Net interest cover can be calculated by dividing earnings before interest and tax (EBIT) by the company's net interest expense. Interest cover of less than 5x its interest expense is starting to become a concern for Gamenet Group, and be aware that lenders may place additional restrictions on the company as well.

We update our data on Gamenet Group every 24 hours, so you can always get our latest analysis of its financial health, here.

Dividend Volatility

One of the major risks of relying on dividend income, is the potential for a company to struggle financially and cut its dividend. Not only is your income cut, but the value of your investment declines as well - nasty. With a payment history of less than 2 years, we think it's a bit too soon to think about living on the income from its dividend. During the past one-year period, the first annual payment was €0.60 in 2018, compared to €0.65 last year. This works out to be a compound annual growth rate (CAGR) of approximately 8.3% a year over that time.

Gamenet Group has been growing its dividend at a decent rate, and the payments have been stable despite the short payment history. This is a positive start.

Dividend Growth Potential

The other half of the dividend investing equation is evaluating whether earnings per share (EPS) are growing. Growing EPS can help maintain or increase the purchasing power of the dividend over the long run. It's not great to see that Gamenet Group's have fallen at approximately 50% over the past five years. Declining earnings per share over a number of years is not a great sign for the dividend investor. Without some improvement, this does not bode well for the long term value of a company's dividend.

Conclusion

Dividend investors should always want to know if a) a company's dividends are affordable, b) if there is a track record of consistent payments, and c) if the dividend is capable of growing. We're a bit uncomfortable with its high payout ratio, although at least the dividend was covered by free cash flow. Earnings per share are down, and to our mind Gamenet Group has not been paying a dividend long enough to demonstrate its resilience across economic cycles. In summary, Gamenet Group has a number of shortcomings that we'd find it hard to get past. Things could change, but we think there are a number of better ideas out there.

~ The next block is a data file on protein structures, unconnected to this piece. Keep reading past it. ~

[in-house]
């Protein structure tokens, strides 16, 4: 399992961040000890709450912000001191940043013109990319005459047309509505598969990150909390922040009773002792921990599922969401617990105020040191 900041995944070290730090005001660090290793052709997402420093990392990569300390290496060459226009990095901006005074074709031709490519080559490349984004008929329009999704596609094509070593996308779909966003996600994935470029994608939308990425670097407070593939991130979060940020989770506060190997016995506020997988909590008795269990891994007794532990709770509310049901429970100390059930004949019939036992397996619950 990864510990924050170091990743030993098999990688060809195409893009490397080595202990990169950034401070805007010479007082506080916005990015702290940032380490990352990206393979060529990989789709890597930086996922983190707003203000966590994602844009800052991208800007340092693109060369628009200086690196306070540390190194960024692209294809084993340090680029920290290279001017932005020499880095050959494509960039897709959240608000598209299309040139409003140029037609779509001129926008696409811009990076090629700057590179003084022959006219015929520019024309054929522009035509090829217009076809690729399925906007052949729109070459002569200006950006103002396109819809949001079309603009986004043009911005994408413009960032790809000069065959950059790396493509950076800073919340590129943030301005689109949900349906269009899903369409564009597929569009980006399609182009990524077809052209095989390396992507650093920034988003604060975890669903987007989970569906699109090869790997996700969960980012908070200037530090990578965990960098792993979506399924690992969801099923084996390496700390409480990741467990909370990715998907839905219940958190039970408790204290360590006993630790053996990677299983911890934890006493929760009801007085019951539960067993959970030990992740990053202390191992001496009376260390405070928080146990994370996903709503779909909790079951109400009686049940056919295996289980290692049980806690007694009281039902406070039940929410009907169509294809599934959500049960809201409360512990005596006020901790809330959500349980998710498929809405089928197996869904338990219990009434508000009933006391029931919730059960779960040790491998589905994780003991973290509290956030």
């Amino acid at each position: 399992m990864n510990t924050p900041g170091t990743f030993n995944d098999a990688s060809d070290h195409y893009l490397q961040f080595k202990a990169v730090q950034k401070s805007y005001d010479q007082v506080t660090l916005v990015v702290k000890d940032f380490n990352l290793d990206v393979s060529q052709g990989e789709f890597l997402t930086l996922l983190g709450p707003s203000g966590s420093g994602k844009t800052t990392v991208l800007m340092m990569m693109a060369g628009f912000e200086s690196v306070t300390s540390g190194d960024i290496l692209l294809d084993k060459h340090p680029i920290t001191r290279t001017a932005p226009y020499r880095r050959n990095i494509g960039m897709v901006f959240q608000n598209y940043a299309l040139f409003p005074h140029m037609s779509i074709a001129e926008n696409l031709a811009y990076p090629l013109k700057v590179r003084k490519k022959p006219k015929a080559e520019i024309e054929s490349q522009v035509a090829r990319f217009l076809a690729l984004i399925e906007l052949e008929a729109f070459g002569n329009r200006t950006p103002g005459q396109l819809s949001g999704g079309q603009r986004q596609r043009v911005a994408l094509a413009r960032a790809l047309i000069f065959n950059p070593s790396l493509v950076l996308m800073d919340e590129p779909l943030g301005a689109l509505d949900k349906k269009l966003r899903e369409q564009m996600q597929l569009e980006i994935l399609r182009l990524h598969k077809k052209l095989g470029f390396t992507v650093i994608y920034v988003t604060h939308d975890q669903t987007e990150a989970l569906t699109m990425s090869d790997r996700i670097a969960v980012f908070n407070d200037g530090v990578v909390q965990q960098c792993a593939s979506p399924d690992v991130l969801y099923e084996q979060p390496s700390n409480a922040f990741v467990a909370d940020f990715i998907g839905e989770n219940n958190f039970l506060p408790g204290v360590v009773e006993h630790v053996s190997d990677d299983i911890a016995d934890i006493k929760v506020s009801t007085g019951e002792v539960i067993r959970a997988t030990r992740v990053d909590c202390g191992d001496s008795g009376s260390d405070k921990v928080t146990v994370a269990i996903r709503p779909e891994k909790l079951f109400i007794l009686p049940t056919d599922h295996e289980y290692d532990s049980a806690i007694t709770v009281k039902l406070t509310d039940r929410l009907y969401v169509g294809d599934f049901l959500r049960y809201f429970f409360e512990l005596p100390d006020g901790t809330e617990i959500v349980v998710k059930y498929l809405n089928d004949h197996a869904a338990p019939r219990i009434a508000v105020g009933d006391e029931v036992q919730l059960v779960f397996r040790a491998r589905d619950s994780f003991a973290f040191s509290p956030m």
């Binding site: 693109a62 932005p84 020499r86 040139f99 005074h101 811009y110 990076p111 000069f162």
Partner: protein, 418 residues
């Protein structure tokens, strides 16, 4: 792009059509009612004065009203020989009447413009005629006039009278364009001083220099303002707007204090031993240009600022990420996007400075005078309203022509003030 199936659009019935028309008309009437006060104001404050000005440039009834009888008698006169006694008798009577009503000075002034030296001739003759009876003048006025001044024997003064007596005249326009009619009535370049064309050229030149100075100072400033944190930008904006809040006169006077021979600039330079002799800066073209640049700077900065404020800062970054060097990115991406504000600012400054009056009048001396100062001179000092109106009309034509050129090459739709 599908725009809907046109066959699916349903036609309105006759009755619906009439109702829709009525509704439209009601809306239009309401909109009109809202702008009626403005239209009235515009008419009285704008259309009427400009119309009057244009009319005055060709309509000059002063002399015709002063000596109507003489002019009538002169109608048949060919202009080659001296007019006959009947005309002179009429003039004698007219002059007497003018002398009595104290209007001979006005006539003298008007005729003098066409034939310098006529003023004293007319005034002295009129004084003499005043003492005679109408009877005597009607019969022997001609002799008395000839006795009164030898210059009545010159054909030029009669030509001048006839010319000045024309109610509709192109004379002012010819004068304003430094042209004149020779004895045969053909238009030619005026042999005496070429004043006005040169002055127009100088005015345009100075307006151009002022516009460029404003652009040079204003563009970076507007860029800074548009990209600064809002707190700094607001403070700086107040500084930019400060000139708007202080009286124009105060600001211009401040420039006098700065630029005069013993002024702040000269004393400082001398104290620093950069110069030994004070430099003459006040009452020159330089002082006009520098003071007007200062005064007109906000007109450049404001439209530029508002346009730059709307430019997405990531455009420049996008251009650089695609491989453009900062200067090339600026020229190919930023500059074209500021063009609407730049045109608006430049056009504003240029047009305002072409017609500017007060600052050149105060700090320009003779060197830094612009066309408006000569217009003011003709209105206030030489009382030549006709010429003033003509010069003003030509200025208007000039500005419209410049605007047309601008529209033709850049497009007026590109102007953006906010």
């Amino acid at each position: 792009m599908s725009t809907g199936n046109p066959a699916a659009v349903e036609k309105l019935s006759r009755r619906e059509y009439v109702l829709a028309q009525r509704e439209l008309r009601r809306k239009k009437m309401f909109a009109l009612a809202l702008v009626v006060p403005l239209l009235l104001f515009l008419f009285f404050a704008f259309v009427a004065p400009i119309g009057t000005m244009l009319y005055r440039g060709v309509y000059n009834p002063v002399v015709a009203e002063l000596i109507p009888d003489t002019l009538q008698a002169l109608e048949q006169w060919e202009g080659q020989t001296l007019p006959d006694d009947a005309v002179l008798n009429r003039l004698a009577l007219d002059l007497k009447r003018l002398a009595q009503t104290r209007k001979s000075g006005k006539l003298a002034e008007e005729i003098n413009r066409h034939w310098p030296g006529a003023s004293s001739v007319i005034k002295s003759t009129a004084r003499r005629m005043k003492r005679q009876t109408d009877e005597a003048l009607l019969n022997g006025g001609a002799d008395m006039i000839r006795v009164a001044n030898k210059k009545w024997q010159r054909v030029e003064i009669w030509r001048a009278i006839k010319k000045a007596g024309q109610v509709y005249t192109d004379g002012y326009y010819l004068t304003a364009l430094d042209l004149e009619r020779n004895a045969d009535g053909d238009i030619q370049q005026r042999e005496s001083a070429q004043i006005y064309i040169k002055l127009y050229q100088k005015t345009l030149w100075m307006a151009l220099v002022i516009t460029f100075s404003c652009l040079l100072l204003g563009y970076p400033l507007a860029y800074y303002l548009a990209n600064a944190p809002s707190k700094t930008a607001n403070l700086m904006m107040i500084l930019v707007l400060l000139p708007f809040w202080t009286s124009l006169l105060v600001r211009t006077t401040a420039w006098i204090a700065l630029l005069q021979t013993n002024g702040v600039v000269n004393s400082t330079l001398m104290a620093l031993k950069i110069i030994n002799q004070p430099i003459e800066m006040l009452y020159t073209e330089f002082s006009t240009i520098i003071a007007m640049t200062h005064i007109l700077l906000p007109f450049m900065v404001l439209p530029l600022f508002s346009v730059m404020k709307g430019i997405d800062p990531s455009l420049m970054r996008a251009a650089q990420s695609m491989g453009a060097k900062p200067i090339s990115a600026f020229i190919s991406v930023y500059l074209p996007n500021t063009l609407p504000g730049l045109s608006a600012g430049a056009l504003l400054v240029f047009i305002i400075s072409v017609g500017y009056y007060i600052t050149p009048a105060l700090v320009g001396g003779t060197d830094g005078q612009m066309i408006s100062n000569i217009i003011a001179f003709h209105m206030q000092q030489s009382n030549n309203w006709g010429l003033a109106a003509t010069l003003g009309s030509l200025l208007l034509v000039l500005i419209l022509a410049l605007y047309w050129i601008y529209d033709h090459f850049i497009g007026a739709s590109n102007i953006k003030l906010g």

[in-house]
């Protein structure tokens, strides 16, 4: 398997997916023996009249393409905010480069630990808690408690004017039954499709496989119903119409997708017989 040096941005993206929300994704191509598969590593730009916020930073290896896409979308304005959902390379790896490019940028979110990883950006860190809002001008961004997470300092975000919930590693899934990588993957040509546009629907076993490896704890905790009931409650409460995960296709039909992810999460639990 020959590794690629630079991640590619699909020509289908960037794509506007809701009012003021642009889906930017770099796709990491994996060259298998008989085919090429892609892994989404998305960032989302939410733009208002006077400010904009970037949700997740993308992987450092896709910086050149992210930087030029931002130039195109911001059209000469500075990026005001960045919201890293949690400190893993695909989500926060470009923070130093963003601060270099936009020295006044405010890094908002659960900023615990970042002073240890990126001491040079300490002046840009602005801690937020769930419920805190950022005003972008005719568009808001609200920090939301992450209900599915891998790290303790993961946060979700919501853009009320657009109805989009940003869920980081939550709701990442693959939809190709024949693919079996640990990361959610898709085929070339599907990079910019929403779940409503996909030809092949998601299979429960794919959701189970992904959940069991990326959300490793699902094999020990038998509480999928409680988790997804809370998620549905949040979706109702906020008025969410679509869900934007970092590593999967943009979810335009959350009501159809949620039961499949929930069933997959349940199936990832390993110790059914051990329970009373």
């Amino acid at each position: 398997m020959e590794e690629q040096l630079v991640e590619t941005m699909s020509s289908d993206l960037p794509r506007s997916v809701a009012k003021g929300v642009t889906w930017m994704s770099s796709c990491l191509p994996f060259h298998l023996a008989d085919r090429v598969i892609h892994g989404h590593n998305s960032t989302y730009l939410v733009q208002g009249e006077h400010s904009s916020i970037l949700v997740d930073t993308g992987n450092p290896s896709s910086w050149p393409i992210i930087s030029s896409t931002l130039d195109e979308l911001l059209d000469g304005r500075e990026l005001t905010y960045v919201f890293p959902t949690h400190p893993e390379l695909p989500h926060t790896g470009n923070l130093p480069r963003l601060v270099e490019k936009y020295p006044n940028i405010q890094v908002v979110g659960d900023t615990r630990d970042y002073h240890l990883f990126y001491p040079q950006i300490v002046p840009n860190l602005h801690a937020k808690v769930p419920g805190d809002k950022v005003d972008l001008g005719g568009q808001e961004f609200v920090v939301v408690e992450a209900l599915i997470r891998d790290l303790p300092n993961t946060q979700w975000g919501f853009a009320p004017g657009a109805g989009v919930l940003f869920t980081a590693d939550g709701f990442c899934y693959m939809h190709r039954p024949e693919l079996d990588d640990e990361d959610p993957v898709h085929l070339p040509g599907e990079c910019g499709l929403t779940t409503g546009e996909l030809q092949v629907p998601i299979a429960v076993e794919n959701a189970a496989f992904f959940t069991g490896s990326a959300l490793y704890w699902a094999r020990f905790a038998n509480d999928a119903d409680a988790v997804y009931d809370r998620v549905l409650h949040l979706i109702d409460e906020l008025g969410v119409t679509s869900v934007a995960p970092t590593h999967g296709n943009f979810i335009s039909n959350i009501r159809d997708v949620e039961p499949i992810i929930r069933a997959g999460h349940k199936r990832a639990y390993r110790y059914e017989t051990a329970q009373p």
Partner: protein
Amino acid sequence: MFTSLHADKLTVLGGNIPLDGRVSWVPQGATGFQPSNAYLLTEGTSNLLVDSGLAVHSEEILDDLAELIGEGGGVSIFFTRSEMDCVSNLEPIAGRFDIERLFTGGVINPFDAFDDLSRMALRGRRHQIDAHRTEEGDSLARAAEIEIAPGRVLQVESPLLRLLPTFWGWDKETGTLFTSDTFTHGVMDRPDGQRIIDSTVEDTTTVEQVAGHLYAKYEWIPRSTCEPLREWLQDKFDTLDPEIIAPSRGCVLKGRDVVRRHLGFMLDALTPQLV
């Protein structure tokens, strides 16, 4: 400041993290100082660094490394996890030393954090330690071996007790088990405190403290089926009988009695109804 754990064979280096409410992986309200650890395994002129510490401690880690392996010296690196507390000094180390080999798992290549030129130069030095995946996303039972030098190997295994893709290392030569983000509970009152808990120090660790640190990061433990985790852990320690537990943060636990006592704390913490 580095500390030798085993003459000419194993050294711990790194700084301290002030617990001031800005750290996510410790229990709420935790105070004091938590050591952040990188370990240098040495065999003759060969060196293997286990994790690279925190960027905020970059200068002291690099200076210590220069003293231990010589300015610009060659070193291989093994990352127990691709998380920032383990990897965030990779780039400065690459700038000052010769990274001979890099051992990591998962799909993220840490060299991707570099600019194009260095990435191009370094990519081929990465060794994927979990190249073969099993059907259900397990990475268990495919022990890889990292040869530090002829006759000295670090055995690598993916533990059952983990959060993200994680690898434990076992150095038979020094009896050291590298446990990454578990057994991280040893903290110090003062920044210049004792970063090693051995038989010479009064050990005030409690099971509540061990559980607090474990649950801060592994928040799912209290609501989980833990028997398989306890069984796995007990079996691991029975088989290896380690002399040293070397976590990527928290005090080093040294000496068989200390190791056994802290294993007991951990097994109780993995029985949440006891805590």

Given that earnings are not growing, the dividend does not look nearly so attractive. Businesses can change though, and we think it would make sense to see what analysts are forecasting for the company.

If you are a dividend investor, you might also want to look at our curated list of dividend stocks yielding above 3%.

We aim to bring you long-term focused research analysis driven by fundamental data. Note that our analysis may not factor in the latest price-sensitive company announcements or qualitative material.

If you spot an error that warrants correction, please contact the editor at editorial-team@simplywallst.com. This article by Simply Wall St is general in nature. It does not constitute a recommendation to buy or sell any stock, and does not take account of your objectives, or your financial situation. Simply Wall St has no position in the stocks mentioned. Thank you for reading.